Don't Talk to Strangers (1994)

TV Movie   |  R   |    |  Crime, Thriller


Don't Talk to Strangers (1994) Poster

After Jane's first marriage collapses, she and her new husband Patrick Brody attempt to build a new life and move to a new state. However, her ex-husband follows them with a view to revenge.


5.7/10
631

Photos

  • Keegan MacIntosh and Shanna Reed in Don't Talk to Strangers (1994)
  • Pierce Brosnan in Don't Talk to Strangers (1994)
  • Pierce Brosnan and Shanna Reed in Don't Talk to Strangers (1994)
  • Pierce Brosnan and Shanna Reed in Don't Talk to Strangers (1994)
  • Pierce Brosnan in Don't Talk to Strangers (1994)
  • Don't Talk to Strangers (1994)

See all photos

Get More From IMDb

For an enhanced browsing experience, get the IMDb app on your smartphone or tablet.

Get the IMDb app

Reviews & Commentary

Add a Review


User Reviews


17 November 2004 | rsoonsa
5
| STRONG EFFORT BY SHANNA REED CAN NOT COMPENSATE FOR A STALE SCRIPT.
A conventional genre for filmmakers may be titled Theatre of Paranoia, within which are copious examples, this piece being one, wherein a protagonist is stalked or harried or wrongly envisioned or trapped or prejudiced against, i.e., in some way made to suffer by, generally, one person distracted by jealousy or some other mania. The victim here is Jane Bonner, splendidly played by Shanna Reed, who is tormented by her former husband Robert (Terry O'Quinn), a police detective with an extraordinary amount of free time who is maddened due to the disbanding of a joint custody agreement for the ex-couple's eight-year-old son, during divorce proceedings, Bonner's harassment becoming so acute that Jane and her new spouse Patrick (Pierce Brosnan) decide to leave their Saint Louis home and drive to California to start life anew, only to have Bonner trail them. Director Robert Lewis paces the film solidly during its initial scenes only to have his efforts hamstrung by excessive cutting along with a disjointed screenplay that is heavily reliant upon fancy, in addition to below standard post-production work (e.g., a car following Jane and Patrick is seen being driven from both sides of the front seat by its sole occupant), and a garish lack of knowledge concerning law enforcement procedures is only too evident.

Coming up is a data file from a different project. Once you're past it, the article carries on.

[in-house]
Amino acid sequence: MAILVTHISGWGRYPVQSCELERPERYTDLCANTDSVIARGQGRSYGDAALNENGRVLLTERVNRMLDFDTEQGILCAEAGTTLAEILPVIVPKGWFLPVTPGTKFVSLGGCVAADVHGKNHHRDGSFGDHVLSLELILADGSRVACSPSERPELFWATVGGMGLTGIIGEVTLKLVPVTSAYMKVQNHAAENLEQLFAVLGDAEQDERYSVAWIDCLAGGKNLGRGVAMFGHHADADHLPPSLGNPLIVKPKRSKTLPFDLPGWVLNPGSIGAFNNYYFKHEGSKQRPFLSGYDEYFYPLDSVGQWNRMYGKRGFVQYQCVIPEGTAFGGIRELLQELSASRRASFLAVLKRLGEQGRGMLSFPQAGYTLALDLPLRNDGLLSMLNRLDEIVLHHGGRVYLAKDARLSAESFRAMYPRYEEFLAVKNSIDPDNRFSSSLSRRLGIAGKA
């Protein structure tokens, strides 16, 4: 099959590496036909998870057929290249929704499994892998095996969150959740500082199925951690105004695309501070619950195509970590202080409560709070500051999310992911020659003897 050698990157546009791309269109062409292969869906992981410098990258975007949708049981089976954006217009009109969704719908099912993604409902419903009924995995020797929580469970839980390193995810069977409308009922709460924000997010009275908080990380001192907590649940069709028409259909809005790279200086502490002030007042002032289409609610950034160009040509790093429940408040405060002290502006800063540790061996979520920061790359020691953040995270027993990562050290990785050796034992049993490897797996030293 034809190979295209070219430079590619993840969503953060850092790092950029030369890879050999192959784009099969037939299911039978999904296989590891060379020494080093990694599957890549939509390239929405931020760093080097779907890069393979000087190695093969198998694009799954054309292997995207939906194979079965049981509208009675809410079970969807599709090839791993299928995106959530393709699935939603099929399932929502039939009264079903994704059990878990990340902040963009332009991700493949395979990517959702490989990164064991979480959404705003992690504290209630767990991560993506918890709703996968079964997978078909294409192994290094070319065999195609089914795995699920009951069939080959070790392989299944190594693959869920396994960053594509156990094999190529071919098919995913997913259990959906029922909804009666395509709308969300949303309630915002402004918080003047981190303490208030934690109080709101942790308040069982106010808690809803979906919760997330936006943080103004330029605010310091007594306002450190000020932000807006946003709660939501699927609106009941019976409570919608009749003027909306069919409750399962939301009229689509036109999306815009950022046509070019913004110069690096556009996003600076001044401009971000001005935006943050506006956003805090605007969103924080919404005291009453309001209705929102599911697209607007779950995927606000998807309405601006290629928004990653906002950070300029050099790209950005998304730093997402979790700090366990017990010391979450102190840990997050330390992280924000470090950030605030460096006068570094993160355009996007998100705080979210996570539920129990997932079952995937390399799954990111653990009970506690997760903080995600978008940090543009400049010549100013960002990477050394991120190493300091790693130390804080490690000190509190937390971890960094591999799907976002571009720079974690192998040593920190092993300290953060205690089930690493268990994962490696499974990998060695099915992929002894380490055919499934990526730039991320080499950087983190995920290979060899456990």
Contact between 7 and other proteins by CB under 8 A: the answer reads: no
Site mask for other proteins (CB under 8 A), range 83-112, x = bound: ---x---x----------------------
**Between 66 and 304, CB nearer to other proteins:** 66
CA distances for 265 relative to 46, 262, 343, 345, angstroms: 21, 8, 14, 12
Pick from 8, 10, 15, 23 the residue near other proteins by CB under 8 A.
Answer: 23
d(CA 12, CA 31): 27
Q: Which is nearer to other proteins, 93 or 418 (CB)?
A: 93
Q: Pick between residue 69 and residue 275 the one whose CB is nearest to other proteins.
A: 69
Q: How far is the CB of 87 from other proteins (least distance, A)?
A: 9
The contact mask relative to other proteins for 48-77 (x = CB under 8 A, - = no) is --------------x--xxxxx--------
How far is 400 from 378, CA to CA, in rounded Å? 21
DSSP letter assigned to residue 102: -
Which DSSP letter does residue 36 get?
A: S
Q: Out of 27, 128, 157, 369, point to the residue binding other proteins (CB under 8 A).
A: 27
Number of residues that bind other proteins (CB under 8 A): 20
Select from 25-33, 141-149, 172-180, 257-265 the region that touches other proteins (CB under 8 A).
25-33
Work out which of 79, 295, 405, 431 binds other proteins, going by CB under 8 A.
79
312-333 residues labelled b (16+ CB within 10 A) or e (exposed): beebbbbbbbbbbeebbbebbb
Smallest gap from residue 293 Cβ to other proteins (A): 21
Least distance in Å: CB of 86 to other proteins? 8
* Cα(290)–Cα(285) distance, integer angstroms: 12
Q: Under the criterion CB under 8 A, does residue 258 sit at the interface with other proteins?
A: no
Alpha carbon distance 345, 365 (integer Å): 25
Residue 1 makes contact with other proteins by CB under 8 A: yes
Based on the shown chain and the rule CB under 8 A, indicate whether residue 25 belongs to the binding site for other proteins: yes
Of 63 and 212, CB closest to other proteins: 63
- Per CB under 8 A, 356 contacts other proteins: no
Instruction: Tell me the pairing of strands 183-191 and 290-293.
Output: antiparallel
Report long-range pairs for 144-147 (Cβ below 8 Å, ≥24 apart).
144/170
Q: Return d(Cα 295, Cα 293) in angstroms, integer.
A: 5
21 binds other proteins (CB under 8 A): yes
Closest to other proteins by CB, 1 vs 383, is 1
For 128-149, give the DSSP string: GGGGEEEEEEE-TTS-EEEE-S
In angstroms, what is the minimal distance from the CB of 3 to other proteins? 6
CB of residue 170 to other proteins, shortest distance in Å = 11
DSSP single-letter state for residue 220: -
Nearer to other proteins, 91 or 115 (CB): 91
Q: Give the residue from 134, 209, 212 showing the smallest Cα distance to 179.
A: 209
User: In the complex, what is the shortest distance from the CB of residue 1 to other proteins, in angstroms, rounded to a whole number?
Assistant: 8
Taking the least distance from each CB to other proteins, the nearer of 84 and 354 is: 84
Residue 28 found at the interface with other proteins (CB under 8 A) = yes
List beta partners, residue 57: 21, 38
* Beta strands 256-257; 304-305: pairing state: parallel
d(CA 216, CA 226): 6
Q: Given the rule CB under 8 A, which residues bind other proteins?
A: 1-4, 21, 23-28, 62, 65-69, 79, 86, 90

Throughout this foolish affair that the film becomes, Reed shines, easily gathering in acting honours with a subtly layered and credible performance, and O'Quinn also acts well, especially in light of his written dialogue. Richard Leiterman's cinematography is expert as always and fitting underscoring is contributed by Joseph Conlan, but the scenario's collapse into nearly total incongruity and odd character metamorphosis becomes too great of a handicap.

Critic Reviews



More Like This

Detonator II: Night Watch

Detonator II: Night Watch

Victim of Love

Victim of Love

Entangled

Entangled

The Heist

The Heist

Detonator

Detonator

The Disappearance of Kevin Johnson

The Disappearance of Kevin Johnson

Taffin

Taffin

Murder 101

Murder 101

Live Wire

Live Wire

The Broken Chain

The Broken Chain

The Nephew

The Nephew

Mad City

Mad City

Did You Know?

Storyline

Plot Summary


Genres

Crime | Thriller

What to Watch: "Mrs. Maisel," "Vikings," and More

Save yourself from endless browsing with our list of top TV picks for the week, including a 16-time Emmy winner, the final season of "Vikings," and Scarlett Johansson's latest film.

Watch our video

Featured on IMDb

Check out what IMDb editors are excited to watch this month and get gifting with IMDb's Holiday Gift Guide, curated with the entertainment lover in mind!

Around The Web

 | 

Powered by ZergNet

More To Explore

Search on Amazon.com